Gold retreated from intraday highs as bears moved higher. Gold prices were pushed lower, with coVID-19 vaccines and the Fed’s outlook the most critical risk signals. Investors’ hopes for the coVID-19 vaccine were bolstered by the latest positive news from Pfizer, the US drug maker. A controversial federal Reserve governor candidate, Judy Shelton, was defeated in a crucial Procedural vote in the Senate, raising the possibility that her nomination will fall through, helping to push gold prices back down.
Gold was down 0.07 per cent at $1,878.70 at 10:01 GMT.
Fundamental Analysis: Pfizer’s vaccine trials are another shot in the head to thwart a third wave of U.S. outbreaks
Following Pfizer’s announcement last week that a vaccine developed with BioNTech, a German partner, was 90 percent effective, Moderna also had positive news this week that its vaccine is more than 94 percent effective and can be stored in refrigerators, sending STOCKS higher. Pfizer even said today (18 November) that the coVID-19 vaccine had reached a safety milestone. But the good news about vaccines is important because Bank of America’s latest report says the number of new confirmed cases in the US is rising sharply, Writes Zerohedge in a new article. According to Ethan Harris of the Bank of America, which calculates new cases, the number of new cases in America will more than double every two weeks. Even if the growth rate falls to 20%, that still means cases will double every four weeks.
Bank of America also said the government’s response to the surge in new cases was largely to step up testing for coVID-19, but cases are increasing in almost every state, with 36 reaching new highs last week. Zerohedge comments: “Remember saying earlier that the Fed would need a new crisis to double QE? Now we’ve seen what a crisis it is, especially since Pfizer and Moderna vaccines won’t be widely available to the American public until mid-2021.”
The view of many Americans is that the United States is now in the third coVID-19 wave. A record 100, 000 new cases were reported in a single day in the United States. The latest report from the US Centres for Disease Control and Prevention (CDC) also showed that the number of confirmed covid-19 cases in the US yesterday (17 November) rose from 138,02 to 151,855, with 762 deaths. FX Street reports that Pfizer still has no intention of stopping, and the company’s CEO revived investor hopes in his latest statement, saying that the company is “very close” to filing an application for an emergency license to use the coVID-19 vaccine in the United States.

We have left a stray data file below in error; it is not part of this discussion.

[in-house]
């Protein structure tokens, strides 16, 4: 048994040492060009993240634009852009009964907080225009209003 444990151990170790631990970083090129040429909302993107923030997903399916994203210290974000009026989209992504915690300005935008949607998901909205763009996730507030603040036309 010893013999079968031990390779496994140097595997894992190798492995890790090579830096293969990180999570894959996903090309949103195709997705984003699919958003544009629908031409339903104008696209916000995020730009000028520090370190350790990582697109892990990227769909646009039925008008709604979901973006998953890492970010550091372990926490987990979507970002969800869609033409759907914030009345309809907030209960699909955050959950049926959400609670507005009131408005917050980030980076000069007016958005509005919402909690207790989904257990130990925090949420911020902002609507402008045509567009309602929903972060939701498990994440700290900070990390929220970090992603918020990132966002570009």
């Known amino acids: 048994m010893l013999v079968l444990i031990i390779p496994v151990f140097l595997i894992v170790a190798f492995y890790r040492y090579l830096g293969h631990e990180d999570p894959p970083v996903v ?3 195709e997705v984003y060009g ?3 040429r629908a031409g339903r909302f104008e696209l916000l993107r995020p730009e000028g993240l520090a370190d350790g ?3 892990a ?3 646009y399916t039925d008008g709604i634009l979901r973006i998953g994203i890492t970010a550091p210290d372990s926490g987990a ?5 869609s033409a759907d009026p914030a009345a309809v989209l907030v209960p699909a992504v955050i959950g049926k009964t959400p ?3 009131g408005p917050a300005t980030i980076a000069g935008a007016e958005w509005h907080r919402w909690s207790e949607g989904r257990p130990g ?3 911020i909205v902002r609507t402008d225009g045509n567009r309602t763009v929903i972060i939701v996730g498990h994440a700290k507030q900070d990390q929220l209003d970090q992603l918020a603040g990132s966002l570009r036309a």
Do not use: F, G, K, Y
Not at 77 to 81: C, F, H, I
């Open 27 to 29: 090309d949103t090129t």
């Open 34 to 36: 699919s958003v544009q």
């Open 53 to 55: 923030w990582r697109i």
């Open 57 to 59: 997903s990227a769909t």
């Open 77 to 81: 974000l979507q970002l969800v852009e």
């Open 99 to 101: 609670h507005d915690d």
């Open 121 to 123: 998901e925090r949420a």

Jeff Wright, deputy CHIEF executive officer of Gold Mining, expressed the view that the Gold market will continue to look weak from this weekend to Thanksgiving next week. “The softness in gold will ease after Thanksgiving, when Washington must get back to talking about stimulus in hopes of funding the government beyond December 11,” he said.
Fundamental Analysis: Fed nominators reject Gold Standard as risk signal
The U.S. Senate on Tuesday limited the nomination debate process to a vote, and the rejection means the opposition can continue to block the nomination process from going to a full vote for confirmation. US President Donald Trump’s nomination of his former economic adviser has been controversial from the start because Judy Shelton’s views on Fed independence, the gold standard and bank deposit guarantees are contrary to those of many lawmakers. In addition to opposition from Democrats, some Republican senators also voiced objections, and the final vote was defeated 47-50, which means the nomination is likely to fall apart.
Analysts at Standard Chartered Bank believe the Fed will likely see the need to ease rates in the coming weeks, even before the Federal Open Market Committee in December. The results of two special elections in January will determine who wins the Senate, so if Democratic Presidential candidate Joe Biden cannot win both seats, the Republicans will continue to hold the majority and can only hope to push through a small part of the economic package.
Us retail sales rose just 0.3 per cent in October from a month earlier, data showed on Tuesday. ANZ Bank analysts explained: “The figure was below expectations and down from 1.6 per cent in September. Sales of cars and gasoline were weak, and sales of furniture, food and beverages, and clothing were down. Excluding autos, retail inventories rose 1.1 per cent. Overall, this is a clear indication that consumers are tightening their seat belts and that the US economy will benefit from the fiscal stimulus.”
The 50-day average is near $1,898.50, limiting near-term upside for gold, but bears will remain cautious unless they break significantly below the September low of $1,848.82.